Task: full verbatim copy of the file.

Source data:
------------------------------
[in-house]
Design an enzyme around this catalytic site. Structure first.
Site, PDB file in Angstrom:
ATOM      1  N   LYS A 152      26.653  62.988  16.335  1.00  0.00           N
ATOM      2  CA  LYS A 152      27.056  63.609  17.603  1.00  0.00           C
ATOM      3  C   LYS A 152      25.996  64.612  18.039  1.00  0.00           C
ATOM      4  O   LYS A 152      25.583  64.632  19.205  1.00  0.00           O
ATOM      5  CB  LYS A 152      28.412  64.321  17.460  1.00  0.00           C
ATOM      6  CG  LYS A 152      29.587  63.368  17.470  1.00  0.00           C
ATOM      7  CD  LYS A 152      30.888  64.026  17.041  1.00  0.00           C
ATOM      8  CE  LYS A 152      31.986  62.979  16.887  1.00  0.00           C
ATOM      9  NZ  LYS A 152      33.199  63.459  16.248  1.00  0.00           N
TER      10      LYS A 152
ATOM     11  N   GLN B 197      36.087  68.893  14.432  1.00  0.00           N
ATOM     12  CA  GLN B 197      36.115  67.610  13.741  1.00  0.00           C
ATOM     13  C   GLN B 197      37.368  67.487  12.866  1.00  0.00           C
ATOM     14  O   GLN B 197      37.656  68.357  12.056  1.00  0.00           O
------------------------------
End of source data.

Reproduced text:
[in-house]
Design an enzyme around this catalytic site. Structure first.
Site, PDB file in Angstrom:
ATOM      1  N   LYS A 152      26.653  62.988  16.335  1.00  0.00           N
ATOM      2  CA  LYS A 152      27.056  63.609  17.603  1.00  0.00           C
ATOM      3  C   LYS A 152      25.996  64.612  18.039  1.00  0.00           C
ATOM      4  O   LYS A 152      25.583  64.632  19.205  1.00  0.00           O
ATOM      5  CB  LYS A 152      28.412  64.321  17.460  1.00  0.00           C
ATOM      6  CG  LYS A 152      29.587  63.368  17.470  1.00  0.00           C
ATOM      7  CD  LYS A 152      30.888  64.026  17.041  1.00  0.00           C
ATOM      8  CE  LYS A 152      31.986  62.979  16.887  1.00  0.00           C
ATOM      9  NZ  LYS A 152      33.199  63.459  16.248  1.00  0.00           N
TER      10      LYS A 152
ATOM     11  N   GLN B 197      36.087  68.893  14.432  1.00  0.00           N
ATOM     12  CA  GLN B 197      36.115  67.610  13.741  1.00  0.00           C
ATOM     13  C   GLN B 197      37.368  67.487  12.866  1.00  0.00           C
ATOM     14  O   GLN B 197      37.656  68.357  12.056  1.00  0.00           O